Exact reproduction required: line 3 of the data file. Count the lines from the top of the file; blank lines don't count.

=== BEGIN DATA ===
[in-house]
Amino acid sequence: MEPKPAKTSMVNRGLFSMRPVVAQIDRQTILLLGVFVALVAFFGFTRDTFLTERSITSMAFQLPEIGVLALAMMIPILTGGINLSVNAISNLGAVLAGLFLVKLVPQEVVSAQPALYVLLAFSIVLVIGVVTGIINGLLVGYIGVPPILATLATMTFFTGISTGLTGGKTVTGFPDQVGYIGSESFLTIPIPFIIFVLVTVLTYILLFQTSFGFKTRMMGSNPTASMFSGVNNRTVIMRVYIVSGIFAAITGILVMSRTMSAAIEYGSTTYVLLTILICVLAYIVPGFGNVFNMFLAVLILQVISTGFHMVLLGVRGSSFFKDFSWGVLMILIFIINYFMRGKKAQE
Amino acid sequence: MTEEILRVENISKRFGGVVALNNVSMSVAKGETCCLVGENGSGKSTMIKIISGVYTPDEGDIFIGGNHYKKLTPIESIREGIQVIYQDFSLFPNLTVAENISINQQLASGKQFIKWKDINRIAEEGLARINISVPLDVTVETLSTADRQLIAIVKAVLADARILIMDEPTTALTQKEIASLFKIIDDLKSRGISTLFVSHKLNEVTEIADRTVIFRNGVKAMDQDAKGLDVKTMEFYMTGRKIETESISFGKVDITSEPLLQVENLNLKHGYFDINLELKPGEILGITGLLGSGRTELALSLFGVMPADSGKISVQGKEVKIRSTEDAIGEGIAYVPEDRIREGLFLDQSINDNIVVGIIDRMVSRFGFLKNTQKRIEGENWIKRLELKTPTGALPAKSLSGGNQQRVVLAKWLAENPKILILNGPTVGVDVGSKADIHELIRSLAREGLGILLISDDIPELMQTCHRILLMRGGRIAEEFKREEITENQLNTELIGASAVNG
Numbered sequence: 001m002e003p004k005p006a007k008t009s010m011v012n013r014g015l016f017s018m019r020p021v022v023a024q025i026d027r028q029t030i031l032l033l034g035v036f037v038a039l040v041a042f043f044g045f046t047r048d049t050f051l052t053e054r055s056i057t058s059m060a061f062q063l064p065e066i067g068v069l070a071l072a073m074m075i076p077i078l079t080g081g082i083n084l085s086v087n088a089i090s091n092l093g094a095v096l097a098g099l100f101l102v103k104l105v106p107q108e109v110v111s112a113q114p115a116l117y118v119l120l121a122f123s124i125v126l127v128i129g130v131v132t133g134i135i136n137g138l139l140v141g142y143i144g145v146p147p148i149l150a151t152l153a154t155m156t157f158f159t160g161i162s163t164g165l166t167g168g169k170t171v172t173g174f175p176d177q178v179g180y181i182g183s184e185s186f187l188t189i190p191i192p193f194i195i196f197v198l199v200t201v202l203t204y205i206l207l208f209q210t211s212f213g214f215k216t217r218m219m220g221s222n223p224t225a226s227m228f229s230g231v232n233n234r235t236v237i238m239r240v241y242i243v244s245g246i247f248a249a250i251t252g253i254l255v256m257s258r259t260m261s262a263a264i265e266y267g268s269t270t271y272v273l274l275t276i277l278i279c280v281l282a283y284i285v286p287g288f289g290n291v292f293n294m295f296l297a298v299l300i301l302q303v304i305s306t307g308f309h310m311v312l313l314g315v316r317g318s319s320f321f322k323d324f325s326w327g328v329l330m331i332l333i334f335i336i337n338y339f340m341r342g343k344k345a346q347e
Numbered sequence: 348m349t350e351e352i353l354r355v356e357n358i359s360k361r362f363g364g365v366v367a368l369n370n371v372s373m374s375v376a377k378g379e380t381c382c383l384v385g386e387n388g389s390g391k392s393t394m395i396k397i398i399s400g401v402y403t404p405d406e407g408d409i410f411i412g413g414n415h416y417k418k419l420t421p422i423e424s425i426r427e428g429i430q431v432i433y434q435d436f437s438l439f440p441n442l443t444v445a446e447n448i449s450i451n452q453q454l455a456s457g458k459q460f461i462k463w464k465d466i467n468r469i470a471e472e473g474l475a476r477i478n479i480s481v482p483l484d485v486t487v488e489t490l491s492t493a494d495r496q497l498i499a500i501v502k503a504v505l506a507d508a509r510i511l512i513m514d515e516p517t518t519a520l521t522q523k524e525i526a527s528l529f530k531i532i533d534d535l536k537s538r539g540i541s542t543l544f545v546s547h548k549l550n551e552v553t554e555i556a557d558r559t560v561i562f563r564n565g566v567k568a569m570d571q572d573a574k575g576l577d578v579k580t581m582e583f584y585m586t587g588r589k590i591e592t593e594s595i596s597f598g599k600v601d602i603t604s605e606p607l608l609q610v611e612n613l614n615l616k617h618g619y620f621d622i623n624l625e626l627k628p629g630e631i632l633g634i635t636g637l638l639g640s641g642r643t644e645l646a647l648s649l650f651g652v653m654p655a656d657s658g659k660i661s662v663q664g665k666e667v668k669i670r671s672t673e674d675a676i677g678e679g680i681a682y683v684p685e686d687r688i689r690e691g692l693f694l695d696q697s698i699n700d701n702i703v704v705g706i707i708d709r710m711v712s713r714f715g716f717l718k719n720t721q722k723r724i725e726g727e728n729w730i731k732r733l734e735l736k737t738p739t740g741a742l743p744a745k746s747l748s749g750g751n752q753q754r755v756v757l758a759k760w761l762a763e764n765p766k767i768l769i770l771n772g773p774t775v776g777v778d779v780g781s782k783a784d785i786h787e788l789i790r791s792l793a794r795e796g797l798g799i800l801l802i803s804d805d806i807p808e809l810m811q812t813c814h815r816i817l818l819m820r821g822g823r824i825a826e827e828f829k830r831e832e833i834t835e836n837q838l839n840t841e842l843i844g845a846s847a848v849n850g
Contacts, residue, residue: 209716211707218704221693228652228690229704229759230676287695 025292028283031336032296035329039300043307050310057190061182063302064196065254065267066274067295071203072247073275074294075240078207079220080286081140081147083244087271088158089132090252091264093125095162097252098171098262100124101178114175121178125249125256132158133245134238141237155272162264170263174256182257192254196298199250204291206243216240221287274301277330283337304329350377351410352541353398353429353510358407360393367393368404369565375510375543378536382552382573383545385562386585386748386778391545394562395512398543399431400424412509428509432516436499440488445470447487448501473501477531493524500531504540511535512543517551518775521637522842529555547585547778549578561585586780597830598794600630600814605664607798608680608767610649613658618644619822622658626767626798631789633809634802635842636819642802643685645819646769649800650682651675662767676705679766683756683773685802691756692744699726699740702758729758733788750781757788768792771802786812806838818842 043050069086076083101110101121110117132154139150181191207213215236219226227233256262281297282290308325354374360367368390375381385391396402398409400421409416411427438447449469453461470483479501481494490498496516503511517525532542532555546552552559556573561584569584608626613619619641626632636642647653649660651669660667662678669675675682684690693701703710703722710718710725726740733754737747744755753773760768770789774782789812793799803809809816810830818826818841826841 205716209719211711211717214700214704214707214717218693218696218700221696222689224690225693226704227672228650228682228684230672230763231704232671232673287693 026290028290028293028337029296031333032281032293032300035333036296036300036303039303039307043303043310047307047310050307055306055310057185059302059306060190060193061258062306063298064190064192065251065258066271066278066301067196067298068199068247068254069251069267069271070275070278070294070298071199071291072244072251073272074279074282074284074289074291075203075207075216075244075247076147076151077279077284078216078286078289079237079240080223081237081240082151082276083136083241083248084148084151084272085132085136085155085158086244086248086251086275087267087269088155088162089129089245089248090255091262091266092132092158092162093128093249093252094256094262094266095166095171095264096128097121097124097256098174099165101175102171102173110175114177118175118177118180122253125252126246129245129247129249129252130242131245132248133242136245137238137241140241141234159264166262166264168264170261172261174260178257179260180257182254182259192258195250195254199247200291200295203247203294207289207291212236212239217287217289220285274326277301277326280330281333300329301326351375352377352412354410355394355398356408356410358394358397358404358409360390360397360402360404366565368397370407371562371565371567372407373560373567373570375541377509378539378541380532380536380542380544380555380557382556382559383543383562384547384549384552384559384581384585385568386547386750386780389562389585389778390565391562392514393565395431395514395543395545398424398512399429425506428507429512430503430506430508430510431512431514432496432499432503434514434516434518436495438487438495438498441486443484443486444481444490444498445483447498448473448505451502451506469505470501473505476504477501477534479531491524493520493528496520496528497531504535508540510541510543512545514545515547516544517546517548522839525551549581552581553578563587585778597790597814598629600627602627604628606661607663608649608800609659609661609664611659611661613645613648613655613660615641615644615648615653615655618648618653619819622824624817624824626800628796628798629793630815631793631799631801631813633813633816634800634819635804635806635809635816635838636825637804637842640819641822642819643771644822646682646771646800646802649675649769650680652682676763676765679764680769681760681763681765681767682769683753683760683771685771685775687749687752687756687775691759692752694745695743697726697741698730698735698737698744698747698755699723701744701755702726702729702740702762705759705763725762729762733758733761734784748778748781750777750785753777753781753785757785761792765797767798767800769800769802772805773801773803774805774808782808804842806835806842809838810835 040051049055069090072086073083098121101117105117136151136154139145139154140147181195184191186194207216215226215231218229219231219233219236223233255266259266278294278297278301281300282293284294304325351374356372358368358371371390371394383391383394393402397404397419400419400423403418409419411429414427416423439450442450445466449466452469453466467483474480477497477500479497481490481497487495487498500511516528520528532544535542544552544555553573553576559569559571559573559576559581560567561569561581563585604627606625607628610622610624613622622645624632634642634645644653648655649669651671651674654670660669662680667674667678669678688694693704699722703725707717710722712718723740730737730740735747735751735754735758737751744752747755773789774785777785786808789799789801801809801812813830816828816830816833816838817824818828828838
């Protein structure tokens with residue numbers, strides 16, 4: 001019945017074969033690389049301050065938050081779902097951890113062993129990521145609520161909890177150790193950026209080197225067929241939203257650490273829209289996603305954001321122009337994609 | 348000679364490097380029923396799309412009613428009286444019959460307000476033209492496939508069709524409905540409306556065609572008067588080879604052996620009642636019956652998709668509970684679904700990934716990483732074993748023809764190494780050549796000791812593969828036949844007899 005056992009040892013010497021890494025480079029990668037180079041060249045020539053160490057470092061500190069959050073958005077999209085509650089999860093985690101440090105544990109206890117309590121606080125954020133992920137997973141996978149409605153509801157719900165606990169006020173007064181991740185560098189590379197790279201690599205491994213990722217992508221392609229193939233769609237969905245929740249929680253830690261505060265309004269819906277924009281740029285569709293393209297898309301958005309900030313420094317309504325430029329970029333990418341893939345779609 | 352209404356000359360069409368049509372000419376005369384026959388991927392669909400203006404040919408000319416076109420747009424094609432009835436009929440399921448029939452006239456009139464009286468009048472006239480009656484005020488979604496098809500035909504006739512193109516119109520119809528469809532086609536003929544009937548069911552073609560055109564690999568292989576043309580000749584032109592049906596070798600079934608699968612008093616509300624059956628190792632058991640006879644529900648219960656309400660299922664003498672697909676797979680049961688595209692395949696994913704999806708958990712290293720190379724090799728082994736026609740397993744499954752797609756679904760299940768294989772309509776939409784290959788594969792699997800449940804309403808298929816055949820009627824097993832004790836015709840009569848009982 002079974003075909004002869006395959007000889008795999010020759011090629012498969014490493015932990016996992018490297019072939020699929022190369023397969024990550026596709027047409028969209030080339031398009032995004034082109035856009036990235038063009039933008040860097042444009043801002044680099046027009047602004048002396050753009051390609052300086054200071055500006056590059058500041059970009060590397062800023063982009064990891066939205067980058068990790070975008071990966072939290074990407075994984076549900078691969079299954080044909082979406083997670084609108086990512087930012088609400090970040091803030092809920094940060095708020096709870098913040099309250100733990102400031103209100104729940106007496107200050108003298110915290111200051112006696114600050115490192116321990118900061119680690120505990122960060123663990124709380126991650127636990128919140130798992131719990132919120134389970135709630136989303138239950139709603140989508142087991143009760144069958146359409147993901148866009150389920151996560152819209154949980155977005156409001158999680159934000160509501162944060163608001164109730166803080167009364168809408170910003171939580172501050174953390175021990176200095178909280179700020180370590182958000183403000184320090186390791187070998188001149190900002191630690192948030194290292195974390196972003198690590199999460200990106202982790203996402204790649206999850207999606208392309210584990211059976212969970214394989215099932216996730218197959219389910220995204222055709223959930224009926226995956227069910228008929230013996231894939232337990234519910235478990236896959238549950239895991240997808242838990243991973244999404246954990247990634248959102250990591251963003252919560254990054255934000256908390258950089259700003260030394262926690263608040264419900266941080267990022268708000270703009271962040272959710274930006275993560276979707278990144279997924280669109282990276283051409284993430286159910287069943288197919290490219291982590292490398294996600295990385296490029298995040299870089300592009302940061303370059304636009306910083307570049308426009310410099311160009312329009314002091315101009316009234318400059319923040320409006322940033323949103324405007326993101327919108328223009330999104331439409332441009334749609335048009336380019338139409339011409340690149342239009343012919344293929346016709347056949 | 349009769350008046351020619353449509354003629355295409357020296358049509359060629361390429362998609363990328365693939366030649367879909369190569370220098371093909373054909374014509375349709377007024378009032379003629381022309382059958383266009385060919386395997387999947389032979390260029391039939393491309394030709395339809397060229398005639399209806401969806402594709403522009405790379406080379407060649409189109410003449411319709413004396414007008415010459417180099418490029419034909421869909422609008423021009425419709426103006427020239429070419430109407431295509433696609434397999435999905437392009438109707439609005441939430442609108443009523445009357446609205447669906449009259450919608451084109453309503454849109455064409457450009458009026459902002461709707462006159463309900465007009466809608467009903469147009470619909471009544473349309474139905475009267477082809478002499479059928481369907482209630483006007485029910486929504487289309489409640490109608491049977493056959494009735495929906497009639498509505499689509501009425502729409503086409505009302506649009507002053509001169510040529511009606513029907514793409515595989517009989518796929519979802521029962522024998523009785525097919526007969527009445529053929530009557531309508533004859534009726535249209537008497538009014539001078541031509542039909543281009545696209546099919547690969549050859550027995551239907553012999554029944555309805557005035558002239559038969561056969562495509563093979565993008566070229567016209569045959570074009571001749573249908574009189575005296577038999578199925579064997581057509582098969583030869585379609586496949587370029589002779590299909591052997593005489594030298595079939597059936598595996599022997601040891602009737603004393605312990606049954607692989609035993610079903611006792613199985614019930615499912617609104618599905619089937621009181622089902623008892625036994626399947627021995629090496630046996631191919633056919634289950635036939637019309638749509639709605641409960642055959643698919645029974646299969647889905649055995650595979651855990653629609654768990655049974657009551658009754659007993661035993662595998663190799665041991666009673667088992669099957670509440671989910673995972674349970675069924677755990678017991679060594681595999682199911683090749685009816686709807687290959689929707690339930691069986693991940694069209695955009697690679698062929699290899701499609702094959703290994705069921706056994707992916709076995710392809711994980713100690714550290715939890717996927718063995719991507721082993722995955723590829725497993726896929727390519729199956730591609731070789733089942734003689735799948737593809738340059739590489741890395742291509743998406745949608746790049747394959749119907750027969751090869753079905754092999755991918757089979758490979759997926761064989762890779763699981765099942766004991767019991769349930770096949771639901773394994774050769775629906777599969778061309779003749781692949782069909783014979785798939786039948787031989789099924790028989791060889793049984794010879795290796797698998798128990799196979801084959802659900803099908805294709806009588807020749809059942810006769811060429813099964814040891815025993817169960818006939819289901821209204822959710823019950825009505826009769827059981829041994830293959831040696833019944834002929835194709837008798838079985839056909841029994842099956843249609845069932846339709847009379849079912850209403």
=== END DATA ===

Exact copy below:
Amino acid sequence: MTEEILRVENISKRFGGVVALNNVSMSVAKGETCCLVGENGSGKSTMIKIISGVYTPDEGDIFIGGNHYKKLTPIESIREGIQVIYQDFSLFPNLTVAENISINQQLASGKQFIKWKDINRIAEEGLARINISVPLDVTVETLSTADRQLIAIVKAVLADARILIMDEPTTALTQKEIASLFKIIDDLKSRGISTLFVSHKLNEVTEIADRTVIFRNGVKAMDQDAKGLDVKTMEFYMTGRKIETESISFGKVDITSEPLLQVENLNLKHGYFDINLELKPGEILGITGLLGSGRTELALSLFGVMPADSGKISVQGKEVKIRSTEDAIGEGIAYVPEDRIREGLFLDQSINDNIVVGIIDRMVSRFGFLKNTQKRIEGENWIKRLELKTPTGALPAKSLSGGNQQRVVLAKWLAENPKILILNGPTVGVDVGSKADIHELIRSLAREGLGILLISDDIPELMQTCHRILLMRGGRIAEEFKREEITENQLNTELIGASAVNG